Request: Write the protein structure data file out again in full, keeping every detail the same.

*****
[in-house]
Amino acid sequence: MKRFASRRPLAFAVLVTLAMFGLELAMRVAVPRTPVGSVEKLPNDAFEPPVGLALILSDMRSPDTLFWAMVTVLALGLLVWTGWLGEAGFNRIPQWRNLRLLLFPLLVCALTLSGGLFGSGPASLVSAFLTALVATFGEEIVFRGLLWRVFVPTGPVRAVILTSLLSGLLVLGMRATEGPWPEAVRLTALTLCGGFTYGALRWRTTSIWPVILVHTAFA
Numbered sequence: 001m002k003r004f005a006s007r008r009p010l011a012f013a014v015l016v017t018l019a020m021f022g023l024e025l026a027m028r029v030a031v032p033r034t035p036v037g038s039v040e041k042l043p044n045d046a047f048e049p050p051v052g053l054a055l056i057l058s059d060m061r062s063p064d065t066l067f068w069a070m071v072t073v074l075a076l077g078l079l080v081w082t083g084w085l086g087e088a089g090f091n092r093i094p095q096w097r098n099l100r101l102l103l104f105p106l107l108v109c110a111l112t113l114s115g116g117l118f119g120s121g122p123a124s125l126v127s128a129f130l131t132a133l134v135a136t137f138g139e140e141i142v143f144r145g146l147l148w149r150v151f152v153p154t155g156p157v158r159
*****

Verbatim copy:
[in-house]
Amino acid sequence: MKRFASRRPLAFAVLVTLAMFGLELAMRVAVPRTPVGSVEKLPNDAFEPPVGLALILSDMRSPDTLFWAMVTVLALGLLVWTGWLGEAGFNRIPQWRNLRLLLFPLLVCALTLSGGLFGSGPASLVSAFLTALVATFGEEIVFRGLLWRVFVPTGPVRAVILTSLLSGLLVLGMRATEGPWPEAVRLTALTLCGGFTYGALRWRTTSIWPVILVHTAFA
Numbered sequence: 001m002k003r004f005a006s007r008r009p010l011a012f013a014v015l016v017t018l019a020m021f022g023l024e025l026a027m028r029v030a031v032p033r034t035p036v037g038s039v040e041k042l043p044n045d046a047f048e049p050p051v052g053l054a055l056i057l058s059d060m061r062s063p064d065t066l067f068w069a070m071v072t073v074l075a076l077g078l079l080v081w082t083g084w085l086g087e088a089g090f091n092r093i094p095q096w097r098n099l100r101l102l103l104f105p106l107l108v109c110a111l112t113l114s115g116g117l118f119g120s121g122p123a124s125l126v127s128a129f130l131t132a133l134v135a136t137f138g139e140e141i142v143f144r145g146l147l148w149r150v151f152v153p154t155g156p157v158r159